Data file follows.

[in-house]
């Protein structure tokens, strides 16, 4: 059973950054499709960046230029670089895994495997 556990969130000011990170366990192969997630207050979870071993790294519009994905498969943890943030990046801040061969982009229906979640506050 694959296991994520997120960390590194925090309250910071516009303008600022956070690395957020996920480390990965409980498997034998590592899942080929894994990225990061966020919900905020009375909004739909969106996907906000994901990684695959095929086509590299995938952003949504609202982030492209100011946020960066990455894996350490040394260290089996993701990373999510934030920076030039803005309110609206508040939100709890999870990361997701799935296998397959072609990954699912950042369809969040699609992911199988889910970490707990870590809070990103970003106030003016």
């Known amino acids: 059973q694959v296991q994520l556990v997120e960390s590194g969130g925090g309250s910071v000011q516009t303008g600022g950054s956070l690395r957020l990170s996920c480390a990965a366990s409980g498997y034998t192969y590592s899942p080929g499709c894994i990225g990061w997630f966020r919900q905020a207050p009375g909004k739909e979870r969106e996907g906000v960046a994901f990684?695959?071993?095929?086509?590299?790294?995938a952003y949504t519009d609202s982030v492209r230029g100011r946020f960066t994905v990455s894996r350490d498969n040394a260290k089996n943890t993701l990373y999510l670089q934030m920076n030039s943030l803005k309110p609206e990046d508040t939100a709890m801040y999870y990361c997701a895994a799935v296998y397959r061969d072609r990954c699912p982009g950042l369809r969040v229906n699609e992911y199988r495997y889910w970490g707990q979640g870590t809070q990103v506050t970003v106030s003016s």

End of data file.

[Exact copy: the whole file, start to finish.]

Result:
[in-house]
């Protein structure tokens, strides 16, 4: 059973950054499709960046230029670089895994495997 556990969130000011990170366990192969997630207050979870071993790294519009994905498969943890943030990046801040061969982009229906979640506050 694959296991994520997120960390590194925090309250910071516009303008600022956070690395957020996920480390990965409980498997034998590592899942080929894994990225990061966020919900905020009375909004739909969106996907906000994901990684695959095929086509590299995938952003949504609202982030492209100011946020960066990455894996350490040394260290089996993701990373999510934030920076030039803005309110609206508040939100709890999870990361997701799935296998397959072609990954699912950042369809969040699609992911199988889910970490707990870590809070990103970003106030003016």
């Known amino acids: 059973q694959v296991q994520l556990v997120e960390s590194g969130g925090g309250s910071v000011q516009t303008g600022g950054s956070l690395r957020l990170s996920c480390a990965a366990s409980g498997y034998t192969y590592s899942p080929g499709c894994i990225g990061w997630f966020r919900q905020a207050p009375g909004k739909e979870r969106e996907g906000v960046a994901f990684?695959?071993?095929?086509?590299?790294?995938a952003y949504t519009d609202s982030v492209r230029g100011r946020f960066t994905v990455s894996r350490d498969n040394a260290k089996n943890t993701l990373y999510l670089q934030m920076n030039s943030l803005k309110p609206e990046d508040t939100a709890m801040y999870y990361c997701a895994a799935v296998y397959r061969d072609r990954c699912p982009g950042l369809r969040v229906n699609e992911y199988r495997y889910w970490g707990q979640g870590t809070q990103v506050t970003v106030s003016s």